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Organophosphorous resistance of cotton leaf perforator in areas infested by pink bollworm

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Authors

R. E. Rice, University of California
H. T. Reynolds
D. W. Cudney

Publication Information

California Agriculture 23(6):12-14.

Published June 01, 1969

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Abstract

Abstract Not Available – First paragraph follows: THE COTTON LEAF PERFORATOR, Buc culatrix thurberiella Busck, a pest of cotton native to the southwestern United States, is apparently restricted in its feeding to wild and cultivated species of Gossypium. In the past this tiny insect has been the cause of severe damage to commercial cotton in the desert areas of California and was one of the reasons for the cessation of cotton production in southern California in the 1930's. It was not until the introduction of the chlorinated hydrocarbon insecticides in 1946-48 that cotton production was resumed in these areas.

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Author notes

Photographs were provided by R. S. Rejesus, Department of Entomology, U.C. Riverside. This research was conducted with financial support from the California cotton industry, and with the cooperation of many individual growers.

Organophosphorous resistance of cotton leaf perforator in areas infested by pink bollworm

R. E. Rice, H. T. Reynolds, D. W. Cudney
Webmaster Email: wsuckow@ucanr.edu

Organophosphorous resistance of cotton leaf perforator in areas infested by pink bollworm

Share using any of the popular social networks Share by sending an email Print article
Share using any of the popular social networks Share by sending an email Print article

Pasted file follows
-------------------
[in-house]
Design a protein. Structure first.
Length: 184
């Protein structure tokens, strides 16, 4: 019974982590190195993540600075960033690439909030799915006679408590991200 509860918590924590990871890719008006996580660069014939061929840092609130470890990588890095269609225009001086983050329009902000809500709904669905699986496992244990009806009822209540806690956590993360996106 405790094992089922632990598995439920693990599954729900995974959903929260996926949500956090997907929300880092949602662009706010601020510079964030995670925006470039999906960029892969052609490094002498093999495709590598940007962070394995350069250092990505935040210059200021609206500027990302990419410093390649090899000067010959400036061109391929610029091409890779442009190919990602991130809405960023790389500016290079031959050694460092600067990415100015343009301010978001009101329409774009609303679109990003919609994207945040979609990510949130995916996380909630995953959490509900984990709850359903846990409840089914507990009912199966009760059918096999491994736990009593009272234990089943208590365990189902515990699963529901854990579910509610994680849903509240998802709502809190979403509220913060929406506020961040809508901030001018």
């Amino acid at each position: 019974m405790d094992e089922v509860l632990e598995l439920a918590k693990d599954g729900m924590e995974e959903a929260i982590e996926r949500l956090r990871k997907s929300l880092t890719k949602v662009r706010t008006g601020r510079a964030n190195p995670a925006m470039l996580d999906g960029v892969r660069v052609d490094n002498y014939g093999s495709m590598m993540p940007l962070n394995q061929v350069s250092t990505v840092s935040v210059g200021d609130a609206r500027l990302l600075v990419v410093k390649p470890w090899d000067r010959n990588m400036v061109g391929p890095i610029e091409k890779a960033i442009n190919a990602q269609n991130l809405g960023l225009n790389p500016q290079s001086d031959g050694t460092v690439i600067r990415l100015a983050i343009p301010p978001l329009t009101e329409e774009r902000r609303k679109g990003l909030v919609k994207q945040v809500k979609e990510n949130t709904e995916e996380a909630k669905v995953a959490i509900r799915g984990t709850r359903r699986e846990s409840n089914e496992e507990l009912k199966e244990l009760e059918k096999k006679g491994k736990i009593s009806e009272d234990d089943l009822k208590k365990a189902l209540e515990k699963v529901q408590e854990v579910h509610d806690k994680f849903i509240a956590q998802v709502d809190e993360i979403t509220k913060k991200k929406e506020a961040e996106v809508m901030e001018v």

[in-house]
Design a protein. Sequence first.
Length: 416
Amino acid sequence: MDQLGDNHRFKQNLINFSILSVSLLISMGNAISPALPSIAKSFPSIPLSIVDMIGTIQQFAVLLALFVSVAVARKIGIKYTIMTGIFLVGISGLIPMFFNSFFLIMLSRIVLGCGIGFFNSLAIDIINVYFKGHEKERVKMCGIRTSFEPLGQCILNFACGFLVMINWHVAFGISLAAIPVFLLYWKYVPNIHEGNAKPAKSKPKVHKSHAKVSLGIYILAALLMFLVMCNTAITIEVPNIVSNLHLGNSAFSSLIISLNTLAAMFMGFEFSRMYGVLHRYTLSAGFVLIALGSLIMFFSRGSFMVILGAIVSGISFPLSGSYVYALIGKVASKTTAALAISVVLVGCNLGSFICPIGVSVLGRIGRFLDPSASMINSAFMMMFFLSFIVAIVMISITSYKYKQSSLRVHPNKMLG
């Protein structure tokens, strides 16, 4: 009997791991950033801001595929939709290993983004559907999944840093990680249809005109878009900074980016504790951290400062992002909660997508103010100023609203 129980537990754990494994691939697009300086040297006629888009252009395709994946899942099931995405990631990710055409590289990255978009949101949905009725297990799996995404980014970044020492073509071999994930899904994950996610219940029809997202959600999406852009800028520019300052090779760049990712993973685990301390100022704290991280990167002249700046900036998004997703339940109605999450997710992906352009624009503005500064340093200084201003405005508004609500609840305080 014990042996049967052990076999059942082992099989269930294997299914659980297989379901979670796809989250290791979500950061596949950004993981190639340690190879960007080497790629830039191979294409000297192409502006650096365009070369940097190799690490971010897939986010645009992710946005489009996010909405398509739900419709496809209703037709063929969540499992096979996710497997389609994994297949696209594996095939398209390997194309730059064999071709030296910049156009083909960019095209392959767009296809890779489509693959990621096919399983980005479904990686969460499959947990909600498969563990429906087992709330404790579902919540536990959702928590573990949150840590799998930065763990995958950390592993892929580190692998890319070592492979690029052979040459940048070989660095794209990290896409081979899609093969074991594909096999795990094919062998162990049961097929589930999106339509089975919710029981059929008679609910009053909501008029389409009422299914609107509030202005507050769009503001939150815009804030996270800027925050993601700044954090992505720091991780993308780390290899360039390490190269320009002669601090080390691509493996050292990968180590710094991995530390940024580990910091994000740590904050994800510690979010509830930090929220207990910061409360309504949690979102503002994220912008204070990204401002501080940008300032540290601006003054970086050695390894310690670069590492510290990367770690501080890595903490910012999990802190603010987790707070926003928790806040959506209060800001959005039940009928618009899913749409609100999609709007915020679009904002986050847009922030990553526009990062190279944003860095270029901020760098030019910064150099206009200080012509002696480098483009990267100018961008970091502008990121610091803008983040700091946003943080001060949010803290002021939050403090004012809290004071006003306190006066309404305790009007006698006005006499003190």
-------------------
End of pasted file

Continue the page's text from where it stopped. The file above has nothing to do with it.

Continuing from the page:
Authors

R. E. Rice, University of California
H. T. Reynolds
D. W. Cudney

Publication Information

California Agriculture 23(6):12-14.

Published June 01, 1969

PDF  |  Citation  |  Permissions

Author Affiliations show

Abstract

Abstract Not Available – First paragraph follows: THE COTTON LEAF PERFORATOR, Buc culatrix thurberiella Busck, a pest of cotton native to the southwestern United States, is apparently restricted in its feeding to wild and cultivated species of Gossypium. In the past this tiny insect has been the cause of severe damage to commercial cotton in the desert areas of California and was one of the reasons for the cessation of cotton production in southern California in the 1930's. It was not until the introduction of the chlorinated hydrocarbon insecticides in 1946-48 that cotton production was resumed in these areas.

Full text

Full text is available in PDF.

Author notes

Photographs were provided by R. S. Rejesus, Department of Entomology, U.C. Riverside. This research was conducted with financial support from the California cotton industry, and with the cooperation of many individual growers.


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